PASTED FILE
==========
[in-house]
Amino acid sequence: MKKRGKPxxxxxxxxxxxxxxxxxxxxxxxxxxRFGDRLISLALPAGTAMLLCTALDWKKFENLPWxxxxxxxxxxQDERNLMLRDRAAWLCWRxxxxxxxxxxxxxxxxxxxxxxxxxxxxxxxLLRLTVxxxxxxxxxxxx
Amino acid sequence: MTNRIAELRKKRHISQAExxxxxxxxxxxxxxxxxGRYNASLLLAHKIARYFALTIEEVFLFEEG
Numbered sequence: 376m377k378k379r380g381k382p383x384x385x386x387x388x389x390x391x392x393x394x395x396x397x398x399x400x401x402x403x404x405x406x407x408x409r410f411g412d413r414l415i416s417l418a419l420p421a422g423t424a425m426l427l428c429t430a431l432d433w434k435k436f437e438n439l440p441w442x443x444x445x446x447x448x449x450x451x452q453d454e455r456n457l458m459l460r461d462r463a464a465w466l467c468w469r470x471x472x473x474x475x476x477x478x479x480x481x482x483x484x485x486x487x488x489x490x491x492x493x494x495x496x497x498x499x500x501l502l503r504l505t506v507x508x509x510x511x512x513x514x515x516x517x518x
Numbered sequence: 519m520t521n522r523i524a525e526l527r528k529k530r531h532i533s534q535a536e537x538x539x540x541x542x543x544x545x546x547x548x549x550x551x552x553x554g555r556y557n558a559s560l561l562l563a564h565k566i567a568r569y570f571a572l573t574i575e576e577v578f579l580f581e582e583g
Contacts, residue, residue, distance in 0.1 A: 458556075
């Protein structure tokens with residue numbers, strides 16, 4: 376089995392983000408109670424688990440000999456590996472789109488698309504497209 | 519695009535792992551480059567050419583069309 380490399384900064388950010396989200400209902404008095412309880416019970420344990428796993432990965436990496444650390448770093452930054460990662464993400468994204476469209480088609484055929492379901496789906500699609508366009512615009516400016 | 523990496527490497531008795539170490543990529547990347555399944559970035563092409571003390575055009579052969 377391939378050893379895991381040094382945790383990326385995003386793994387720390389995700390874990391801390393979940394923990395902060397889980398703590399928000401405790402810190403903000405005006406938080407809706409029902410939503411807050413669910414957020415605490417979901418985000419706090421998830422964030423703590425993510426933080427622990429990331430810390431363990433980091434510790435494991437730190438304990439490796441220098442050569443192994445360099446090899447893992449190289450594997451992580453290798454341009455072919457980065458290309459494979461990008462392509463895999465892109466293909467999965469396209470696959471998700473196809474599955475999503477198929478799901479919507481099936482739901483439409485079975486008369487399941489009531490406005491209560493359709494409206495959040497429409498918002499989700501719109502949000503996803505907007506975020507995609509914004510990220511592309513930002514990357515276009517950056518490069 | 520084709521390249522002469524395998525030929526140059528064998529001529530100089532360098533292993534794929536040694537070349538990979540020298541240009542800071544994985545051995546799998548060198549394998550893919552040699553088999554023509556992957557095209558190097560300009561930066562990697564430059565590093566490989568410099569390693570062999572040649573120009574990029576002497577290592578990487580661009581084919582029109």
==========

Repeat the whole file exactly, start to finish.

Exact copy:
[in-house]
Amino acid sequence: MKKRGKPxxxxxxxxxxxxxxxxxxxxxxxxxxRFGDRLISLALPAGTAMLLCTALDWKKFENLPWxxxxxxxxxxQDERNLMLRDRAAWLCWRxxxxxxxxxxxxxxxxxxxxxxxxxxxxxxxLLRLTVxxxxxxxxxxxx
Amino acid sequence: MTNRIAELRKKRHISQAExxxxxxxxxxxxxxxxxGRYNASLLLAHKIARYFALTIEEVFLFEEG
Numbered sequence: 376m377k378k379r380g381k382p383x384x385x386x387x388x389x390x391x392x393x394x395x396x397x398x399x400x401x402x403x404x405x406x407x408x409r410f411g412d413r414l415i416s417l418a419l420p421a422g423t424a425m426l427l428c429t430a431l432d433w434k435k436f437e438n439l440p441w442x443x444x445x446x447x448x449x450x451x452q453d454e455r456n457l458m459l460r461d462r463a464a465w466l467c468w469r470x471x472x473x474x475x476x477x478x479x480x481x482x483x484x485x486x487x488x489x490x491x492x493x494x495x496x497x498x499x500x501l502l503r504l505t506v507x508x509x510x511x512x513x514x515x516x517x518x
Numbered sequence: 519m520t521n522r523i524a525e526l527r528k529k530r531h532i533s534q535a536e537x538x539x540x541x542x543x544x545x546x547x548x549x550x551x552x553x554g555r556y557n558a559s560l561l562l563a564h565k566i567a568r569y570f571a572l573t574i575e576e577v578f579l580f581e582e583g
Contacts, residue, residue, distance in 0.1 A: 458556075
């Protein structure tokens with residue numbers, strides 16, 4: 376089995392983000408109670424688990440000999456590996472789109488698309504497209 | 519695009535792992551480059567050419583069309 380490399384900064388950010396989200400209902404008095412309880416019970420344990428796993432990965436990496444650390448770093452930054460990662464993400468994204476469209480088609484055929492379901496789906500699609508366009512615009516400016 | 523990496527490497531008795539170490543990529547990347555399944559970035563092409571003390575055009579052969 377391939378050893379895991381040094382945790383990326385995003386793994387720390389995700390874990391801390393979940394923990395902060397889980398703590399928000401405790402810190403903000405005006406938080407809706409029902410939503411807050413669910414957020415605490417979901418985000419706090421998830422964030423703590425993510426933080427622990429990331430810390431363990433980091434510790435494991437730190438304990439490796441220098442050569443192994445360099446090899447893992449190289450594997451992580453290798454341009455072919457980065458290309459494979461990008462392509463895999465892109466293909467999965469396209470696959471998700473196809474599955475999503477198929478799901479919507481099936482739901483439409485079975486008369487399941489009531490406005491209560493359709494409206495959040497429409498918002499989700501719109502949000503996803505907007506975020507995609509914004510990220511592309513930002514990357515276009517950056518490069 | 520084709521390249522002469524395998525030929526140059528064998529001529530100089532360098533292993534794929536040694537070349538990979540020298541240009542800071544994985545051995546799998548060198549394998550893919552040699553088999554023509556992957557095209558190097560300009561930066562990697564430059565590093566490989568410099569390693570062999572040649573120009574990029576002497577290592578990487580661009581084919582029109």